I’m really tired of the three act story.
I’ve always been fascinated with film and the medium of visual storytelling. It is (along with music) the most accessible form of art we have. Unlike music, however, there’s also a great sense of community. Your enjoyment of music may vary slightly when you hear your favorite song in a crowd or make a connection with someone based on your mutual admiration of some obscure indie band, but the experience of seeing a movie is complete when you see it in a crowded theatre, the audience laughing, gasping (yawning) together. You have to wait months or travel miles to see your favorite band play live, and even then the experience may be sub-par. There is a lot to be said for the serendipity of live performance, and I certainly don’t think that movies come close to being the best artform, but it certainly is the most accessible.
Seeing a painting is a singular and potentially spiritual experience, but that only comes from seeing the painting itself. Seeing a reproduction of Sunday at the Grande Jatte is like hearing Led Zeppelin over an old telephone; you get the gist, but all the subtleties that make the painting what it is can only be experienced in a single room in a building in Chicago between the hours of 10:30am and 5:00pm (8pm on Thursdays.)
Seeing a film as it was intended is just a matter of buying a ticket. Much like Andy Warhols’ opinion of coke, a movie delivers the same experience whether viewed in New York or Knoxville, Tennessee. But because film is so accessible, we should start demanding more from our movies. I’m not thinking about the acting, celebrity culture, or even gimmicks like 3d, though they’re certainly deserving of harsh criticism. My issue is with the fundamental building blocks of story, specifically the three act story structure.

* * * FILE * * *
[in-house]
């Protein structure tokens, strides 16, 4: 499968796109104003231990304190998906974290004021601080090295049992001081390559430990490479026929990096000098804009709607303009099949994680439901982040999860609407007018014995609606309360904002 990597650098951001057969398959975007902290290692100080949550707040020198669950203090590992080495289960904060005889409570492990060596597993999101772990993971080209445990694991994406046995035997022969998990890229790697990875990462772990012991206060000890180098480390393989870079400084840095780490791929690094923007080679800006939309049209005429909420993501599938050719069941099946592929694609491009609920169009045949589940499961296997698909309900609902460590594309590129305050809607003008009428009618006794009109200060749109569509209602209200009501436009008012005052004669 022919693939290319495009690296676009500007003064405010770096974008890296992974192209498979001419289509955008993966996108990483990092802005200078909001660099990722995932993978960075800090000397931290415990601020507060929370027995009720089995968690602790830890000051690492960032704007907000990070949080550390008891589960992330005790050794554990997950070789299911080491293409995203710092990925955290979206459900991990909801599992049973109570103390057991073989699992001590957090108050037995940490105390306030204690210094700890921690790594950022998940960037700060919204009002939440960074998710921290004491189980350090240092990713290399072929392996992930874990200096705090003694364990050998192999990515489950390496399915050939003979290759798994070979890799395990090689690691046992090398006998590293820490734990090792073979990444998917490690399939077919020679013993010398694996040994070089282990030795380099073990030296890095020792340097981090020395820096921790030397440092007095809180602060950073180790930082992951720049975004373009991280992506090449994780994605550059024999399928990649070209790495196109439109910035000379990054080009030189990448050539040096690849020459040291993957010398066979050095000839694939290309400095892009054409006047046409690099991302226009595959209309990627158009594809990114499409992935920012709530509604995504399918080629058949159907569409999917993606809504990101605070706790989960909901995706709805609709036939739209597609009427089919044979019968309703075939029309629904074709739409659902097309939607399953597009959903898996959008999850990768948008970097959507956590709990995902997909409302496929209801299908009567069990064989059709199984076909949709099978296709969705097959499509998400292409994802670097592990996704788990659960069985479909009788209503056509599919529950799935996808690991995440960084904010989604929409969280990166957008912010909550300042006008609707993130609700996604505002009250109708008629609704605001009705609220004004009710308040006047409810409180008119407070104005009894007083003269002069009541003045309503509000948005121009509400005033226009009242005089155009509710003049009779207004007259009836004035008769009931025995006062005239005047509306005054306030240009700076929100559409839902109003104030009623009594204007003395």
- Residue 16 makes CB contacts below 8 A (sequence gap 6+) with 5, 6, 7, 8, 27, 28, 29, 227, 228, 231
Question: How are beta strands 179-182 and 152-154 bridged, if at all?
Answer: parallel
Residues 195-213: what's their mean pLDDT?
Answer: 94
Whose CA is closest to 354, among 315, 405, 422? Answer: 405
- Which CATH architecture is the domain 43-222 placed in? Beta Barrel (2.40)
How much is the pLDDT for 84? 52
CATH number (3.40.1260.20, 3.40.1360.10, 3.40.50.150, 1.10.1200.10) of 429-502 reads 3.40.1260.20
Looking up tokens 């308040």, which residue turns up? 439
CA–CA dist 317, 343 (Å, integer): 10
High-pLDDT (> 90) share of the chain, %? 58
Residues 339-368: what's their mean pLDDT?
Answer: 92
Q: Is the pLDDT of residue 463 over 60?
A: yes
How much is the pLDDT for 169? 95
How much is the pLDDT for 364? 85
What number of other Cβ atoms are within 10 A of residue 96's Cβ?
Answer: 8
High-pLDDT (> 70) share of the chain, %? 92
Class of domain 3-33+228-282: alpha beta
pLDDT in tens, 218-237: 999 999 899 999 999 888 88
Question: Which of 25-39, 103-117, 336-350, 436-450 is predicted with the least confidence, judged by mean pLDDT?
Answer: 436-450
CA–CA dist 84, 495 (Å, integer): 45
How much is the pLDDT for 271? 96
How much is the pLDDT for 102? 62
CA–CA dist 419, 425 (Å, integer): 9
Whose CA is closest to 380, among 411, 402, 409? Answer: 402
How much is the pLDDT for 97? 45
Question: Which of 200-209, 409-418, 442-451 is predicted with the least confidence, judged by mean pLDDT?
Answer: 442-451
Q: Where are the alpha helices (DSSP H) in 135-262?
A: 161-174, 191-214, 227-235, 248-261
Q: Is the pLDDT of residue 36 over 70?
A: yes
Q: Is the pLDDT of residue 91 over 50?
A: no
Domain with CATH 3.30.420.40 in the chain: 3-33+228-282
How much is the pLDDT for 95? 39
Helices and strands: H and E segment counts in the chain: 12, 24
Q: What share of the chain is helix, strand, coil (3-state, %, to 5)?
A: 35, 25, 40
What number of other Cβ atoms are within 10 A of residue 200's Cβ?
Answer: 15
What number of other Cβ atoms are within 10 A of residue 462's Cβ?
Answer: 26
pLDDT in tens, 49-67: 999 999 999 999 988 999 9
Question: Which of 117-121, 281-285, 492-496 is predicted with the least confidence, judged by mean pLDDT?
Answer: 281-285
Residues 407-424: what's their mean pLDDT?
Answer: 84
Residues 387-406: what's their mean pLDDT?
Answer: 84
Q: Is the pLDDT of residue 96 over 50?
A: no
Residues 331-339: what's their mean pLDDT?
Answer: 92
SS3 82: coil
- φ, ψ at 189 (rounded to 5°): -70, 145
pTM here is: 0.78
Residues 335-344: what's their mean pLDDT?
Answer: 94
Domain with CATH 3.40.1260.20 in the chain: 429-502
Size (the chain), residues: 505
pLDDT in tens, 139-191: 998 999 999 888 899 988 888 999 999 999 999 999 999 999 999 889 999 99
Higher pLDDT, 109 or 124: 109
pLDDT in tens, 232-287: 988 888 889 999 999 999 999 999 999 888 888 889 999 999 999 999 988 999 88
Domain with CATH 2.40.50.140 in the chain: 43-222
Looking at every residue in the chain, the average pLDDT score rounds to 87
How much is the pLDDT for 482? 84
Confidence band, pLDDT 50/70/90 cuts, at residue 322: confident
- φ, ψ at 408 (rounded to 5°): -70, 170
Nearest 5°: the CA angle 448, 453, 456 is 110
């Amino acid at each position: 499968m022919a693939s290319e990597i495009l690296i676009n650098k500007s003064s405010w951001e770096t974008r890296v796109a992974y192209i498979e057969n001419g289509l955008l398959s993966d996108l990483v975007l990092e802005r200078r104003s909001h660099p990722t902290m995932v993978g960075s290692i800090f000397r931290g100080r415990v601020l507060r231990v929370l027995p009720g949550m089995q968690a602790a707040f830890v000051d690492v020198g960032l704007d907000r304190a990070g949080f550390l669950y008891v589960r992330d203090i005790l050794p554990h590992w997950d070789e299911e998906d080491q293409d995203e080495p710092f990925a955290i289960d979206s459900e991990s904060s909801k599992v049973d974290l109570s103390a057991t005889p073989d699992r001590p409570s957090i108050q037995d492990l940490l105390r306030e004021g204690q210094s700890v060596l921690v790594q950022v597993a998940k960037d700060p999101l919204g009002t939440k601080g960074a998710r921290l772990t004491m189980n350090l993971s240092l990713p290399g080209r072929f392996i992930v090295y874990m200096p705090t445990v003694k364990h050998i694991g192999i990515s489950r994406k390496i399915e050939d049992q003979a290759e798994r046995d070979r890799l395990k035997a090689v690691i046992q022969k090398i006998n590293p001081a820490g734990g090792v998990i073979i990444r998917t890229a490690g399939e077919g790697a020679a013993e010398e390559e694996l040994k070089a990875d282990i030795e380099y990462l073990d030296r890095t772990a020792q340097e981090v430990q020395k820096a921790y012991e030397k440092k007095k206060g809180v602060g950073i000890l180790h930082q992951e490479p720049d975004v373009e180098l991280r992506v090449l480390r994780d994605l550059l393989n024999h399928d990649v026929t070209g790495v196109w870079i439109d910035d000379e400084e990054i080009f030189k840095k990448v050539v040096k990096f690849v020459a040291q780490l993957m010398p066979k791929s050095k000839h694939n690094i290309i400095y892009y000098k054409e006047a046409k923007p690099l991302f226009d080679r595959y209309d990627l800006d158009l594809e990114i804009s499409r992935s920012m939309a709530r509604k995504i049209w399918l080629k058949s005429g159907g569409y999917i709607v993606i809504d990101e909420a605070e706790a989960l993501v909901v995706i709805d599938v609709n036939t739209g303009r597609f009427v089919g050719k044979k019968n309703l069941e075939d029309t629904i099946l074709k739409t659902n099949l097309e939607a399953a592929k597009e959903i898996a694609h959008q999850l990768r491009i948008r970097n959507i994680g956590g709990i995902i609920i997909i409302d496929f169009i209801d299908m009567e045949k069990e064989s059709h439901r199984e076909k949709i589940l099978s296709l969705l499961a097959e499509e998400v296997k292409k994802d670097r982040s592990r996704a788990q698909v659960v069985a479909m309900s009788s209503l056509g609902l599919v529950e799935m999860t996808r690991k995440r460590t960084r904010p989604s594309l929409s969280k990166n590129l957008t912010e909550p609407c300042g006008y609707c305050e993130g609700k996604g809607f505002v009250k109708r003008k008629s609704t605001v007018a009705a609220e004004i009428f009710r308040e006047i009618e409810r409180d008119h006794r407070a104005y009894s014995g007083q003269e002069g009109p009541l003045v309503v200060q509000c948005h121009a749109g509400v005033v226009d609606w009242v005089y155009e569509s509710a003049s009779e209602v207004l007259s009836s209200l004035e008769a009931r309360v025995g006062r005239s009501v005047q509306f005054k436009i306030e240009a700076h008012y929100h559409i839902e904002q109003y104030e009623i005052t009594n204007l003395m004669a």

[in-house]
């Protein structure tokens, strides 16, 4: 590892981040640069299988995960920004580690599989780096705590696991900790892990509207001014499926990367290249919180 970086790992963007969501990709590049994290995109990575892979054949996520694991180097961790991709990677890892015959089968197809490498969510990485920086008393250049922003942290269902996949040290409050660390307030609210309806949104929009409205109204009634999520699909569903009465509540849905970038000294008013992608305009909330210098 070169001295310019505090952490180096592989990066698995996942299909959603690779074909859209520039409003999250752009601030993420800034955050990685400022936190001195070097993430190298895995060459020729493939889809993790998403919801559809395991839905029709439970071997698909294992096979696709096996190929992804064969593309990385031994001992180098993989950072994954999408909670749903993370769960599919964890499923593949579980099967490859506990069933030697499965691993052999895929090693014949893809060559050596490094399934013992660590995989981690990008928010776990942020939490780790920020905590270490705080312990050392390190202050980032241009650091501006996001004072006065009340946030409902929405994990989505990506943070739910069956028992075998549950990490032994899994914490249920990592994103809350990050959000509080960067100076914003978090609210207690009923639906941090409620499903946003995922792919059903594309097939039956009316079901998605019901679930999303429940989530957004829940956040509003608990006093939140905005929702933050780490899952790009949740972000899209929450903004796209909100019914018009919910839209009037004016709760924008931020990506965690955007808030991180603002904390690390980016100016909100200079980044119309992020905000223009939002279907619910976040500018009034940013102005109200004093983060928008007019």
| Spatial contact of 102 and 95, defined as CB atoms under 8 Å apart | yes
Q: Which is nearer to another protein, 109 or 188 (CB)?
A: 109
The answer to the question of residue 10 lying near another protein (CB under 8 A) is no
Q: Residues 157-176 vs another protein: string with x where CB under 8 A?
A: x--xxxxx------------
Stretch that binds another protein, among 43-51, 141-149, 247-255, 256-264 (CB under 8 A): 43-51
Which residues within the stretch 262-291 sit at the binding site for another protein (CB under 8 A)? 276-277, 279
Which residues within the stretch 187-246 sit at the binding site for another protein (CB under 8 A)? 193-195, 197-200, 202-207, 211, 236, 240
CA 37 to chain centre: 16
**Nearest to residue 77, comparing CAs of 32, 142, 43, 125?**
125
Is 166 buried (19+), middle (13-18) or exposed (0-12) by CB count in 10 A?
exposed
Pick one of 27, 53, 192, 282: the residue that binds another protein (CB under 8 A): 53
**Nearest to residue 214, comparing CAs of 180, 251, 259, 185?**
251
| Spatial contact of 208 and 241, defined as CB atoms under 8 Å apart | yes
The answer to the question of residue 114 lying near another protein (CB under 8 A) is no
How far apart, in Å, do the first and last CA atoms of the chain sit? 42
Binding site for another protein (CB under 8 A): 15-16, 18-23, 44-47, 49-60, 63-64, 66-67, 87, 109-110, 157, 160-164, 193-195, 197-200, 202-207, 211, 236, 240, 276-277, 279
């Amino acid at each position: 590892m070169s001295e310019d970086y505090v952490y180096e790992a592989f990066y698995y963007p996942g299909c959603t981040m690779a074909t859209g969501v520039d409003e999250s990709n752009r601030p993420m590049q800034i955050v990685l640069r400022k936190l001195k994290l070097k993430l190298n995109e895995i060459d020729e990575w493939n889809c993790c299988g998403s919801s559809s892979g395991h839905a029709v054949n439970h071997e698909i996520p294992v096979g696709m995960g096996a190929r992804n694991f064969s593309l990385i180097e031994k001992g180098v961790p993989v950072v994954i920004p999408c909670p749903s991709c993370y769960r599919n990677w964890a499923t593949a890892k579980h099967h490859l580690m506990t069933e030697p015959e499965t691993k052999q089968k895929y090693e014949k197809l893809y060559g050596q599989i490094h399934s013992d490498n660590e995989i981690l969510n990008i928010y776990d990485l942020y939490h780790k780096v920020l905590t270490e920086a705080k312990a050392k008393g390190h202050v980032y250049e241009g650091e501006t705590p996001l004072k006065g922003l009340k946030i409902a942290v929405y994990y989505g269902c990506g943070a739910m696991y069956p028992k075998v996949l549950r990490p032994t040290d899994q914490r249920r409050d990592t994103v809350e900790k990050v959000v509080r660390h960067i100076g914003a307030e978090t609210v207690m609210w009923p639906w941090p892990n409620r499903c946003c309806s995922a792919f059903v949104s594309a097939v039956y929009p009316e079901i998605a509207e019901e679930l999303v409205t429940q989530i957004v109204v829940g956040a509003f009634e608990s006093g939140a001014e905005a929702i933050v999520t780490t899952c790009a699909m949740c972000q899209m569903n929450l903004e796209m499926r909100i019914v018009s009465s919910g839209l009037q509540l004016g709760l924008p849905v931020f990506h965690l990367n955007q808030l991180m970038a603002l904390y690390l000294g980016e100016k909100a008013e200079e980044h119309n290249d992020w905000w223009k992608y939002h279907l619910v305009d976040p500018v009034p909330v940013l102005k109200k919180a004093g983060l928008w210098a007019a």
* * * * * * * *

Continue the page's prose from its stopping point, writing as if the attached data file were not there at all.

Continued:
The three act story structure has been around a long time. Most hero legends use some form of this. You’re probably familiar. An unsuspecting slightly out of the ordinary person has their world turned upside down by an ‘inciting incident.’ The hero then works with a mentor, often through the ancient art of montage, to become ready to take on the villain. Once they meet for the first time, the hero will lose, must redouble his efforts, faces the bad guy again, almost wins, ultimately loses, loses hope, gets advice from an unlikely source (think Morgan Freeman), rallies to defeat the bad guy once and for all—or at least until the sequel. You can read more about this in The Hero With a Thousand Faces by Joseph Campbell, or from less skilled authors hocking their ‘how to write a screenplay’ books.
Working within the the strictures of any given form is part of the art. Freeform poetry is often more angst than substance, whereas the villanelle or the sonnet have produced some very iconic works. Often, as a graphic designer, being given a brief and rigid guidelines for delivery allows freedom of exploration. A blank page of any size with a client that thinks they’re doing you a favor by telling you “just do whatever, I trust you” is far more daunting.